"A romantic kiss does nothing less than set off an avalanche of biological activity. During a passionate kiss, our blood vessels dilate; more oxygen is routed to the brain; our breathing quickens and becomes erratic; our cheeks flush; our pulse quickens; our pupils dilate; dopamine, serotonin, norepinephrine, oxytocin, and adrenaline levels spike, leaving our bodies awash in a chemical bath. In short, our biology seem to be hardwired to make kissing extremely pleasurable and, to some degree, addictive."

The Science of Kissing covers historical and cultural origins of kissing (do you know that there is a place in the Cook Islands where the men have an average of 1,000 orgasms a year yet do not engage in any form of romantic kissing?); the physiological and neurological, not to mention the emotional and psychological, responses when we kiss; kissing experiments; why we tilt our heads to the right when we kiss (nothing to do with being left or right-handed); a chapter on "cooties"; and much, much more.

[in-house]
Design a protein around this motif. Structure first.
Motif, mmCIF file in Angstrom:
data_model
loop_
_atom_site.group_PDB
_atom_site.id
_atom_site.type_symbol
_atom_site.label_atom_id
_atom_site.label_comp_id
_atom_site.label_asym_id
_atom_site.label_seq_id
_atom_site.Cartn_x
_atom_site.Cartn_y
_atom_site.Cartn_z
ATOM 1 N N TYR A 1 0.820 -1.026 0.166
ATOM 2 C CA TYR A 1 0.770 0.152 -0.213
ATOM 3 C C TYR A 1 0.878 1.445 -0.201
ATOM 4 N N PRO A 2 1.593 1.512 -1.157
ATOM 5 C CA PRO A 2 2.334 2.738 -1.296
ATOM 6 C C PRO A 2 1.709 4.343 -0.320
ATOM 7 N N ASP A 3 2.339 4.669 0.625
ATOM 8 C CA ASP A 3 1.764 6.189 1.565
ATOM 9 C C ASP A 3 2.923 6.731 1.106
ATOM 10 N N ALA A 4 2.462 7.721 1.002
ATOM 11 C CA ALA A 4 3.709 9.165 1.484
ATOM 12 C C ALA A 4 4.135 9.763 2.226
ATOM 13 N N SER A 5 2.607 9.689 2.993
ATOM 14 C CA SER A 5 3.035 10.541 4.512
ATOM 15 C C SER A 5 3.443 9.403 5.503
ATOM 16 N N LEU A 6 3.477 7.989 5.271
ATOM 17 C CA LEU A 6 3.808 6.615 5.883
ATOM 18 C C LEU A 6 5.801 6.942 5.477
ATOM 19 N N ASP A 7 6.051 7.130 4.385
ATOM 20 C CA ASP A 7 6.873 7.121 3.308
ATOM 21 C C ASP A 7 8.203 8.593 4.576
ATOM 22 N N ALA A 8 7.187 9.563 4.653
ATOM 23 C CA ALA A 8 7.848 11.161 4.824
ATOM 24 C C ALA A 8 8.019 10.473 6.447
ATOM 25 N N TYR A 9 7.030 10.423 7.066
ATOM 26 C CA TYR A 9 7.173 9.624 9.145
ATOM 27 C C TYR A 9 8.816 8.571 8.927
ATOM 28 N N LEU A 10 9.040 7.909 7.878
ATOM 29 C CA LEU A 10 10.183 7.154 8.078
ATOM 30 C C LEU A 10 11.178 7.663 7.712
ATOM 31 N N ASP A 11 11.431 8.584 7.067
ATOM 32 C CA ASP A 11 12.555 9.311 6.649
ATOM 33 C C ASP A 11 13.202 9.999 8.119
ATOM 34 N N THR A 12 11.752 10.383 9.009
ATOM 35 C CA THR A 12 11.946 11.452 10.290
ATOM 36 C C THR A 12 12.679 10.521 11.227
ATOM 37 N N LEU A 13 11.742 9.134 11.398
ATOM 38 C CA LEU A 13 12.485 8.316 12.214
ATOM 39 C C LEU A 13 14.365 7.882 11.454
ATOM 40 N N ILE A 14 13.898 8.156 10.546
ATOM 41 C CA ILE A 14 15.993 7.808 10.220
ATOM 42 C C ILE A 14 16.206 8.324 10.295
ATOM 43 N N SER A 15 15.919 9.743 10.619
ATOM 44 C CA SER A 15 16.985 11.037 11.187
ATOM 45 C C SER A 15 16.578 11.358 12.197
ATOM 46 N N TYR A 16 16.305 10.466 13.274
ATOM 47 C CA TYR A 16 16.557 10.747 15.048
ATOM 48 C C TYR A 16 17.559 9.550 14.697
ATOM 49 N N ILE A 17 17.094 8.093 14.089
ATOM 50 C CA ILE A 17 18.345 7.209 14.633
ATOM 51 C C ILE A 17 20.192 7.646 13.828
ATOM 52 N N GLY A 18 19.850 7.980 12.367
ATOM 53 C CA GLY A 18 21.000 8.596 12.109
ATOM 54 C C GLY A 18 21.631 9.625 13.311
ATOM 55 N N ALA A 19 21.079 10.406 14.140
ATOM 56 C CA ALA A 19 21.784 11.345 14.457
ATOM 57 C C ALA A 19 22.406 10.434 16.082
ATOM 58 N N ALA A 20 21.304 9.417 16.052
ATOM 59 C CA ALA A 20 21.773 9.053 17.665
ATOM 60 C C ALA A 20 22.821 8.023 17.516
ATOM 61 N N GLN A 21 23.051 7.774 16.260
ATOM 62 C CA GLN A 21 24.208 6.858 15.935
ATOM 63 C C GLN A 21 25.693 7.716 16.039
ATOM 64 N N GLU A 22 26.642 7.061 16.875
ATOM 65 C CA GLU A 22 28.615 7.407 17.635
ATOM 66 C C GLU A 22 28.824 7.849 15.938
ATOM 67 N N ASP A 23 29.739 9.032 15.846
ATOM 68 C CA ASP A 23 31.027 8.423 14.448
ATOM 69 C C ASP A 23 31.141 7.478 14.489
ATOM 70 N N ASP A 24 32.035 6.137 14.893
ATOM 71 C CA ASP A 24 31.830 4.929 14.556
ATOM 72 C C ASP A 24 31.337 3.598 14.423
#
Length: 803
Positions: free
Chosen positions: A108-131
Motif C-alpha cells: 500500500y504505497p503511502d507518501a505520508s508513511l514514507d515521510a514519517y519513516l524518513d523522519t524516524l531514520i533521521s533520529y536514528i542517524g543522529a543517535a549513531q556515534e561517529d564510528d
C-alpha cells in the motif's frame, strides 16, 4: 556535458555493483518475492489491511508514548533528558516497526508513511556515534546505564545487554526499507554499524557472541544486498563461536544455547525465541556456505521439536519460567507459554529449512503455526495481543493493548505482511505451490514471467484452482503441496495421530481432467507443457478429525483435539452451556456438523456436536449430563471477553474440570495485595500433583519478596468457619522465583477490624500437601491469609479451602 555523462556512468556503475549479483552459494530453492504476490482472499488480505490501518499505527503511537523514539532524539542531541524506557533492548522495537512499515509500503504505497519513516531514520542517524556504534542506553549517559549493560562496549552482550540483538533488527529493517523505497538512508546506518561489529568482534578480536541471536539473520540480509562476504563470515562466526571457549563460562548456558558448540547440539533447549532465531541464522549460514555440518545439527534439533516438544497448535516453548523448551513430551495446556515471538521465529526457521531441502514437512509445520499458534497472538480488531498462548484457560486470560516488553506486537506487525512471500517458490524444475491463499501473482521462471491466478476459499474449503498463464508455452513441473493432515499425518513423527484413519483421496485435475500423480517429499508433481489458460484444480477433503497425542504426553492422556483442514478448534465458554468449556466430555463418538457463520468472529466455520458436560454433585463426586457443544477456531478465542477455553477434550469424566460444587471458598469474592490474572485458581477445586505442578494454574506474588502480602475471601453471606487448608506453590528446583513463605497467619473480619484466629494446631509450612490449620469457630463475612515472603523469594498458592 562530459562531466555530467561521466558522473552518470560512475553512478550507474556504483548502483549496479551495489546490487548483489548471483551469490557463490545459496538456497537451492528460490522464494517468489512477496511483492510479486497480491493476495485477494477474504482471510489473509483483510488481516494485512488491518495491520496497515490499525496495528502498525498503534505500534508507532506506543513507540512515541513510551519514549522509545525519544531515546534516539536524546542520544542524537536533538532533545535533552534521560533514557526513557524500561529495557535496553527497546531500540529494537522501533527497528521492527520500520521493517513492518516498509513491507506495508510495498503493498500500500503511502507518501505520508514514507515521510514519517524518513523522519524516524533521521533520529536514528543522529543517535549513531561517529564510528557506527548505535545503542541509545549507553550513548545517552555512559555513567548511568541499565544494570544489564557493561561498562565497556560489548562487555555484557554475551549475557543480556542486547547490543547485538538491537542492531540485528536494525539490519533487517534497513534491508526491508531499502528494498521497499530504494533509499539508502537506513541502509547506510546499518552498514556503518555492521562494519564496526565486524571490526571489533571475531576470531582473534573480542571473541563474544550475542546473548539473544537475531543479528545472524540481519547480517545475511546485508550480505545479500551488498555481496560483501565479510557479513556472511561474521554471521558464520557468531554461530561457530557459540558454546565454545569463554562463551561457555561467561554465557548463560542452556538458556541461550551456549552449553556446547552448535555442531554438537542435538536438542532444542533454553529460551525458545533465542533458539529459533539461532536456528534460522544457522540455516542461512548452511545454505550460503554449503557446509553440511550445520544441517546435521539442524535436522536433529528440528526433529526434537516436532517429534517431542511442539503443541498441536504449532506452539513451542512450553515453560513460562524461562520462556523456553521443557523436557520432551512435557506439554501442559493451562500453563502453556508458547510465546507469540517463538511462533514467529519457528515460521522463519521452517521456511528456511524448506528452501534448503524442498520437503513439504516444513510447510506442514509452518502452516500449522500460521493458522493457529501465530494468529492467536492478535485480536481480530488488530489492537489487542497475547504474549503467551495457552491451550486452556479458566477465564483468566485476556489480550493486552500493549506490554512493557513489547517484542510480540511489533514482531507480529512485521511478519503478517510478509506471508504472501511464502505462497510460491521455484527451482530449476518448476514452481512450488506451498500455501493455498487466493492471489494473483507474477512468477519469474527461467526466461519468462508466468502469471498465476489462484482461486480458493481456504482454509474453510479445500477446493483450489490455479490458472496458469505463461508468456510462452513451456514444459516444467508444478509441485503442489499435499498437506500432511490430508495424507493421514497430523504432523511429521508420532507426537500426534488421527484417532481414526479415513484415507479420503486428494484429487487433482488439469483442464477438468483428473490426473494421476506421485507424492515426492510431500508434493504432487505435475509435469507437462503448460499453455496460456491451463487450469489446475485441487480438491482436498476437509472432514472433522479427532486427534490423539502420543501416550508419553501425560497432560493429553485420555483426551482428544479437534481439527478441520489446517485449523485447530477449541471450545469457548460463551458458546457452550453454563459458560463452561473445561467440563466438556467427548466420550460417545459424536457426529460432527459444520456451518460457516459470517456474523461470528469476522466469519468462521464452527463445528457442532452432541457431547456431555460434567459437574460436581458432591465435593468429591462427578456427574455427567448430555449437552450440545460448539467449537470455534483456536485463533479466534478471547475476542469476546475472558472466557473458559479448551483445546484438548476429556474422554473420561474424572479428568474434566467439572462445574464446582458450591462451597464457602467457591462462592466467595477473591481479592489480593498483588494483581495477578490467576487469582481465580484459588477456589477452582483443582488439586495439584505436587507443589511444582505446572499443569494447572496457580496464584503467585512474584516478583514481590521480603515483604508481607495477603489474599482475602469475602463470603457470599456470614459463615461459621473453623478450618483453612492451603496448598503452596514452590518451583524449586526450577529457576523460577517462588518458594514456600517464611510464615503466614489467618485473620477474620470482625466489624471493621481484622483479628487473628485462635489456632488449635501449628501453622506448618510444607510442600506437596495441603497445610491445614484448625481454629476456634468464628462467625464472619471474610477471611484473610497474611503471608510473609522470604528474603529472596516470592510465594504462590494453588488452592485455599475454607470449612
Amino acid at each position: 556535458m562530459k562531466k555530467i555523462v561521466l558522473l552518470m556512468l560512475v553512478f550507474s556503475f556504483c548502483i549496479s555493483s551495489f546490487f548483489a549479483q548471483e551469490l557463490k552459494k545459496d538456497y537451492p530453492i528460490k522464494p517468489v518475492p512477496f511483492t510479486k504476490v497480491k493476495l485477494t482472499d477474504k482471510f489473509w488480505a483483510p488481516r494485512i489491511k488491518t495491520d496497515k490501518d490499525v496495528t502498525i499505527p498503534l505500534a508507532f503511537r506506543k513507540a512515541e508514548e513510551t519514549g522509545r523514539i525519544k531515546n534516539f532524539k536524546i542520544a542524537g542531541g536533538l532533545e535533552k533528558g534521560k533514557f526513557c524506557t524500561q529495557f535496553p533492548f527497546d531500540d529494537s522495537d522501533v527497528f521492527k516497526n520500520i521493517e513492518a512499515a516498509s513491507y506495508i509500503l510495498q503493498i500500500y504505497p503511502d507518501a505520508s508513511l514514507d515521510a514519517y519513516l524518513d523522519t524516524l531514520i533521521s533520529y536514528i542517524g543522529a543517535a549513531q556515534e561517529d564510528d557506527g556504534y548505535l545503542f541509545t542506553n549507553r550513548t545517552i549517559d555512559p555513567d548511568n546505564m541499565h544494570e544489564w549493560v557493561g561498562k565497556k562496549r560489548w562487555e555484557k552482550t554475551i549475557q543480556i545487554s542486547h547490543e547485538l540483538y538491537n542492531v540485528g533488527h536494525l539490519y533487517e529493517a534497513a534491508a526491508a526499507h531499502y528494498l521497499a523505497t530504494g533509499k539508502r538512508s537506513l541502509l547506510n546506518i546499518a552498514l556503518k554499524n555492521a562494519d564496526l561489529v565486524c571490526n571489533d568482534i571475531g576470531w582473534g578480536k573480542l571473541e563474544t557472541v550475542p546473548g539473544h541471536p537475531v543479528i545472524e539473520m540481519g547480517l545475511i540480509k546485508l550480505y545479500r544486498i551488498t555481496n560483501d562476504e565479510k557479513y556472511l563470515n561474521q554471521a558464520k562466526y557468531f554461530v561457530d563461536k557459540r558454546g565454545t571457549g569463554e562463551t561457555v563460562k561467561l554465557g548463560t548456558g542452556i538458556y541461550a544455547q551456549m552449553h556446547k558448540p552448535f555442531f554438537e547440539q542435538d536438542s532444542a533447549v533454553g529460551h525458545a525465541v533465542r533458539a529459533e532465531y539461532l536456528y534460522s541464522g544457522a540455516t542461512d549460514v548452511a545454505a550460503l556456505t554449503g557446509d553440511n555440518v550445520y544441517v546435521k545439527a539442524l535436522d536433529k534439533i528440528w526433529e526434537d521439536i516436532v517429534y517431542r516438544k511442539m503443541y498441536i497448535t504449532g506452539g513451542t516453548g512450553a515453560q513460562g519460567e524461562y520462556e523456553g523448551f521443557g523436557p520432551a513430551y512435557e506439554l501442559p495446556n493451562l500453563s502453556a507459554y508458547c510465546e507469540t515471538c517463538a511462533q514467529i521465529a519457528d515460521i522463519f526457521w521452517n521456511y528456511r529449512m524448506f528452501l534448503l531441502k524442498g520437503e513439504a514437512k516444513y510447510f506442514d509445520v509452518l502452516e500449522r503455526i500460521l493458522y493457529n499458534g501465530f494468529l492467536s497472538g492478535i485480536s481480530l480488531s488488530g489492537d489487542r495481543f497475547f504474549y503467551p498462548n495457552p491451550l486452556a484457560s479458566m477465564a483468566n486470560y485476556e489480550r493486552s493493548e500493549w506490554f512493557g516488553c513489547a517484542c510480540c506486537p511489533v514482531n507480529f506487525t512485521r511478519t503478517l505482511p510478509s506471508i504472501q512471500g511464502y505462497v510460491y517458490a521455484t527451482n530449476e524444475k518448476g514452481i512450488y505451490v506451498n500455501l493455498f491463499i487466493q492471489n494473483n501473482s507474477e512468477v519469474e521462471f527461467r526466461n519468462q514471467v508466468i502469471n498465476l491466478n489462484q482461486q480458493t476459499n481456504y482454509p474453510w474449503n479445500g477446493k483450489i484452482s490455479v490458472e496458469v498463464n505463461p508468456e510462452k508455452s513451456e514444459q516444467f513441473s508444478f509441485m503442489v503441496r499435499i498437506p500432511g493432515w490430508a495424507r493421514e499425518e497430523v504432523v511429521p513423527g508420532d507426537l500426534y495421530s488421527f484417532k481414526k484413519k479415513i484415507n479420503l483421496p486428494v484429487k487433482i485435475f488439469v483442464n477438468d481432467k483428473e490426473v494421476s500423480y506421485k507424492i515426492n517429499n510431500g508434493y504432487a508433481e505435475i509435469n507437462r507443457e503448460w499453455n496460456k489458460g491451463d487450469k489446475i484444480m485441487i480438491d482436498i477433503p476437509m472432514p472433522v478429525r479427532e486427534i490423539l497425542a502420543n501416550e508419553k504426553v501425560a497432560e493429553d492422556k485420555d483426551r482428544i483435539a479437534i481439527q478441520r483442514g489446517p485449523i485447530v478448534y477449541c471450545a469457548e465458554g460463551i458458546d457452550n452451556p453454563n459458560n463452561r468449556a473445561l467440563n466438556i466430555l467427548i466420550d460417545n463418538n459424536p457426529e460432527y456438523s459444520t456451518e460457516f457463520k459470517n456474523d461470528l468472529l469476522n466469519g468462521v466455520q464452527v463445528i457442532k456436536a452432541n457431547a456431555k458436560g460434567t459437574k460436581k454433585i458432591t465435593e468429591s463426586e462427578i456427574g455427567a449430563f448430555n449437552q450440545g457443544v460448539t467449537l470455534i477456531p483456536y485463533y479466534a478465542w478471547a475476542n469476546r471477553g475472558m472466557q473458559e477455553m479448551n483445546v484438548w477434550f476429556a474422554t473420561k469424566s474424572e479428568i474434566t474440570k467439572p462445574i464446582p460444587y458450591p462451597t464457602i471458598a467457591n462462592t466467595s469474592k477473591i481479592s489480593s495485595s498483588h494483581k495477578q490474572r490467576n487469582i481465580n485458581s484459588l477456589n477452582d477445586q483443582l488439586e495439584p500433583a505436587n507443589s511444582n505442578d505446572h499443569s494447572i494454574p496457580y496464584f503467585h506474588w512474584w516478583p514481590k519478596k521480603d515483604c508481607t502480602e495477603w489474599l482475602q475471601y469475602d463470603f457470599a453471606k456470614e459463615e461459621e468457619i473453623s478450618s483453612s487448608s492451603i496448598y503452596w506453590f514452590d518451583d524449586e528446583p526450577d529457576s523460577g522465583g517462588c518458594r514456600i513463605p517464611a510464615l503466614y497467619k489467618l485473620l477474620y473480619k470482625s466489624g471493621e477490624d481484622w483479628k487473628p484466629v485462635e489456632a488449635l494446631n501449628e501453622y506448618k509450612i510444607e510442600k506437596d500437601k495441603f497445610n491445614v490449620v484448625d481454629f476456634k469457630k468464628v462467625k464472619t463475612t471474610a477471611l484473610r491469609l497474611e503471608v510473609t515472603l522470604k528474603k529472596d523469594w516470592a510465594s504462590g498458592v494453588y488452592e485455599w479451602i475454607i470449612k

But the education doesn't stop there; at the end, Kirshenbaum gives you 10 tips for better kissing. This isn't your average Cosmo article; these are tips from a scientist! Who's researched the field extensively! If for nothing else, you gotta read The Science of Kissing for this invaluable part.
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1 of 1 people found the following review helpful By K. Herbrand on January 27, 2011
Format: Hardcover